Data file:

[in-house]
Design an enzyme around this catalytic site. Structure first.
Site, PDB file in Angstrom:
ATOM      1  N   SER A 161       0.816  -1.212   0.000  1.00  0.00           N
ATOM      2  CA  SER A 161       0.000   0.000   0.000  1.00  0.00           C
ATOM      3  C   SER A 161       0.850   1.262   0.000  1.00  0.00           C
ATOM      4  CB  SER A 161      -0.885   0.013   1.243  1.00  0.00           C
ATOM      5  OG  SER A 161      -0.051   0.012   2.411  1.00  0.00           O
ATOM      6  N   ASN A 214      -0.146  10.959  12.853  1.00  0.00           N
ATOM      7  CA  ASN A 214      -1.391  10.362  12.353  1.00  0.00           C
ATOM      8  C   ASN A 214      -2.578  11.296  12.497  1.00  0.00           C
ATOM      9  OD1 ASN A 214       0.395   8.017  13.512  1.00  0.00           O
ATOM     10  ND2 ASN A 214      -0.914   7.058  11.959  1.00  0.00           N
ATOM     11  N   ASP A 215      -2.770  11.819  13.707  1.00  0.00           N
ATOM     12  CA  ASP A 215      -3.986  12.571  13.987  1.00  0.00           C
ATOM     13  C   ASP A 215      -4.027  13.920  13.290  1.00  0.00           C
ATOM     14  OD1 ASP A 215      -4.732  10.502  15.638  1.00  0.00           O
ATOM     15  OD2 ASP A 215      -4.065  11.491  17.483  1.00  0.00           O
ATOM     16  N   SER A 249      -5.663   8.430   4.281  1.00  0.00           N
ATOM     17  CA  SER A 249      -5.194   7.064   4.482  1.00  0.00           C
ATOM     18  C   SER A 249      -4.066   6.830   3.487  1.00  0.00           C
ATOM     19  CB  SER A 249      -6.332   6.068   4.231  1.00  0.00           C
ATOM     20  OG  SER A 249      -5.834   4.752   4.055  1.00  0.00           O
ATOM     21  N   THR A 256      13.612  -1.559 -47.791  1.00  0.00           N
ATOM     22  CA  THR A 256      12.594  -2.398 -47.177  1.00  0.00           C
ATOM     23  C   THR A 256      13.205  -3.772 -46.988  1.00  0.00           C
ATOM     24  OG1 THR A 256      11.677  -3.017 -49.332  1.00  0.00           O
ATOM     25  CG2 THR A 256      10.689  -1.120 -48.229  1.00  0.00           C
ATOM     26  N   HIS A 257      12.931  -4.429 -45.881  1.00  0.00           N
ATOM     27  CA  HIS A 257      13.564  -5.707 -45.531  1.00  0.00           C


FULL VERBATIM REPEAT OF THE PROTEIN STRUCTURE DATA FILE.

[in-house]
Design an enzyme around this catalytic site. Structure first.
Site, PDB file in Angstrom:
ATOM      1  N   SER A 161       0.816  -1.212   0.000  1.00  0.00           N
ATOM      2  CA  SER A 161       0.000   0.000   0.000  1.00  0.00           C
ATOM      3  C   SER A 161       0.850   1.262   0.000  1.00  0.00           C
ATOM      4  CB  SER A 161      -0.885   0.013   1.243  1.00  0.00           C
ATOM      5  OG  SER A 161      -0.051   0.012   2.411  1.00  0.00           O
ATOM      6  N   ASN A 214      -0.146  10.959  12.853  1.00  0.00           N
ATOM      7  CA  ASN A 214      -1.391  10.362  12.353  1.00  0.00           C
ATOM      8  C   ASN A 214      -2.578  11.296  12.497  1.00  0.00           C
ATOM      9  OD1 ASN A 214       0.395   8.017  13.512  1.00  0.00           O
ATOM     10  ND2 ASN A 214      -0.914   7.058  11.959  1.00  0.00           N
ATOM     11  N   ASP A 215      -2.770  11.819  13.707  1.00  0.00           N
ATOM     12  CA  ASP A 215      -3.986  12.571  13.987  1.00  0.00           C
ATOM     13  C   ASP A 215      -4.027  13.920  13.290  1.00  0.00           C
ATOM     14  OD1 ASP A 215      -4.732  10.502  15.638  1.00  0.00           O
ATOM     15  OD2 ASP A 215      -4.065  11.491  17.483  1.00  0.00           O
ATOM     16  N   SER A 249      -5.663   8.430   4.281  1.00  0.00           N
ATOM     17  CA  SER A 249      -5.194   7.064   4.482  1.00  0.00           C
ATOM     18  C   SER A 249      -4.066   6.830   3.487  1.00  0.00           C
ATOM     19  CB  SER A 249      -6.332   6.068   4.231  1.00  0.00           C
ATOM     20  OG  SER A 249      -5.834   4.752   4.055  1.00  0.00           O
ATOM     21  N   THR A 256      13.612  -1.559 -47.791  1.00  0.00           N
ATOM     22  CA  THR A 256      12.594  -2.398 -47.177  1.00  0.00           C
ATOM     23  C   THR A 256      13.205  -3.772 -46.988  1.00  0.00           C
ATOM     24  OG1 THR A 256      11.677  -3.017 -49.332  1.00  0.00           O
ATOM     25  CG2 THR A 256      10.689  -1.120 -48.229  1.00  0.00           C
ATOM     26  N   HIS A 257      12.931  -4.429 -45.881  1.00  0.00           N
ATOM     27  CA  HIS A 257      13.564  -5.707 -45.531  1.00  0.00           C